Three True Stories About Three Remarkable Women: Three Book Recommendations
In the last couple weeks I've completed three books: each written by a woman and each telling the true and remarkable story of either another woman's life or her own life. I recommend all three books.
The Immortal Life of Henrietta Lacks by Rebecca Skloot tells the story of Henrietta Lacks who was a poor tobacco farmer who died in 1951. Without her knowledge and without the consent of her family, Henrietta's cells were harvested, thrived and multiplied in a laboratory, and used around the world in research and pioneering medical developments. Her cells were sold by the billions before her husband or children ever knew. The book weaves together an American history of race, the disparity in healthcare amongst races and classes, and the scientific advancements made in the second half of the 20th century. The reader also learns of the torment suffered by Henrietta's children, largely as a result of the exploitation of their mother's body without their knowledge. The story is captivating, heartbreaking, and true.
Fierce Convictions: The Extraordinary Life of Hannah More: Poet, Reformer, Abolitionist by Karen Swallow Prior is described best by the Amazon page where it's for sale, "The enthralling biography of the woman writer who helped end the slave trade, changed Britain’s upper classes, and taught a nation how to read." Hannah is now a hero of mine. She impacted 18th century England through prolific writing, providing education to the poor, compelling compassion amongst the wealthy, leading the church in applying a Biblical worldview to all of life, and in striving to end the slave trade. If you admire William Wilberforce, then you need to meet Hannah More too. Thank you Karen Swallow Prior for introducing me. This will be required reading for my daughters too.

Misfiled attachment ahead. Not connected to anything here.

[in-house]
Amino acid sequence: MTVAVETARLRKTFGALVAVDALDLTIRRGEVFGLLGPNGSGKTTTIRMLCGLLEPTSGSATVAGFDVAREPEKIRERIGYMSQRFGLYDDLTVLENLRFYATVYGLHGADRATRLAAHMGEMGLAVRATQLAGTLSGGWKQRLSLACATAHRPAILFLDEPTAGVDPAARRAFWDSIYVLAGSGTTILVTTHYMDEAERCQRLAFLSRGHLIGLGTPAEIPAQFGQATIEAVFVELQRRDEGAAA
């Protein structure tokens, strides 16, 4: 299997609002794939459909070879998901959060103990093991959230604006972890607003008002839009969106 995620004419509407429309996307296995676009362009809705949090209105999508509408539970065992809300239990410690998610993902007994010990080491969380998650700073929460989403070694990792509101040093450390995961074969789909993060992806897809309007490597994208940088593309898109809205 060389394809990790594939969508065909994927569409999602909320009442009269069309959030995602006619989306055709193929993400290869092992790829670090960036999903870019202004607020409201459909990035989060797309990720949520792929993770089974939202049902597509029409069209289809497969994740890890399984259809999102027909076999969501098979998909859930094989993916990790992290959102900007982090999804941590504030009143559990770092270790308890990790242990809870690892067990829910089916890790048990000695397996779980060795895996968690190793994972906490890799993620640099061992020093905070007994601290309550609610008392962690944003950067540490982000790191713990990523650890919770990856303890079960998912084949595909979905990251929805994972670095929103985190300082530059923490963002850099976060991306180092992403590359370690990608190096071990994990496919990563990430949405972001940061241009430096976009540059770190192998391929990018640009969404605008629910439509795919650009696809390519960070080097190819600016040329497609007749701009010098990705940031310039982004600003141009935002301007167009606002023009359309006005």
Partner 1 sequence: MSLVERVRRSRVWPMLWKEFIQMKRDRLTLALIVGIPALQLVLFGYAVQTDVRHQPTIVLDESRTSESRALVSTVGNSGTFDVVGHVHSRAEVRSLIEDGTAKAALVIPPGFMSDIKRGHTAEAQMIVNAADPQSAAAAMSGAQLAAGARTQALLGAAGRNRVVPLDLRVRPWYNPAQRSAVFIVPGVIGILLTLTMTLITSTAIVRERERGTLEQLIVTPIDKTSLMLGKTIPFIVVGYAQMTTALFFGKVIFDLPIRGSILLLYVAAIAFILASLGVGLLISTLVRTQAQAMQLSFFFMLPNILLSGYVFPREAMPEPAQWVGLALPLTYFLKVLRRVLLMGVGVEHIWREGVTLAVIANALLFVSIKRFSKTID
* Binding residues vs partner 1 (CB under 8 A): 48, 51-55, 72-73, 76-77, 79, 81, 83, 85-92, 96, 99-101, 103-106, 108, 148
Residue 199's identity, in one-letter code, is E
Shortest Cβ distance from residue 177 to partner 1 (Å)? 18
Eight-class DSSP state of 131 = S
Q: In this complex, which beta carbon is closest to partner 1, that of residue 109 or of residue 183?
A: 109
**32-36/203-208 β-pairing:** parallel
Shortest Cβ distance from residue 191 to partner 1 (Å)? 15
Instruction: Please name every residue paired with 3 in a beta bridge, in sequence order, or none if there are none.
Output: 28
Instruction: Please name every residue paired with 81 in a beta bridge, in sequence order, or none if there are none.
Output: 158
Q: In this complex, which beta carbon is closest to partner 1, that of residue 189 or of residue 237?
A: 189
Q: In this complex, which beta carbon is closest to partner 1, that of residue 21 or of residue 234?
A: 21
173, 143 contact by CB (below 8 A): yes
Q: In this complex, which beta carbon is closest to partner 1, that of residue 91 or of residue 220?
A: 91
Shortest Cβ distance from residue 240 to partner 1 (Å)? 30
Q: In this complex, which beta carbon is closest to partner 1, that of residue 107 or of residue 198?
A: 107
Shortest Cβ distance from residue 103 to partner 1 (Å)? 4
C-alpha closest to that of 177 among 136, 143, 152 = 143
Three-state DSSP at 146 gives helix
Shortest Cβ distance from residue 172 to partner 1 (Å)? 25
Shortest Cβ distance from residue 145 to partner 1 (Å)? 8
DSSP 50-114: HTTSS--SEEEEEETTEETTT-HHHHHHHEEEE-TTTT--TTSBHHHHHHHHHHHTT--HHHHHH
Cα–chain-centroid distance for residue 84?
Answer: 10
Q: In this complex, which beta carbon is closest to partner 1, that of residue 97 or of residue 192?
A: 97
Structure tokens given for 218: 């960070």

Unveiling Grace: The Story of How We Found Our Way out of the Mormon Church by Lynn K. Wilder was both disturbing and fascinating. Dr. Wilder was a tenured professor at the Mormon Church's Brigham Young University and her husband achieved a high position and status in the Mormon Church (also known as the Church of Jesus Christ of the Latter-day Saints or the LDS Church). They were devoted members of the church for 30 years until one of their sons went on his obligatory two-year Mormon mission and became a Christian. He heard the true gospel of the true Jesus Christ and begged his parents to start reading the New Testament. Their son's conversation and bravery led to the whole family leaving the Mormon faith and their entire way of life and embracing Christianity. The story takes the reader deep inside the Mormon church and theology--you have to it read to believe it--both the documentation of the LDS Church and the journey of the Wilder family. This is a must read for anyone who wants to know more about Mormonism or who loves Mormons.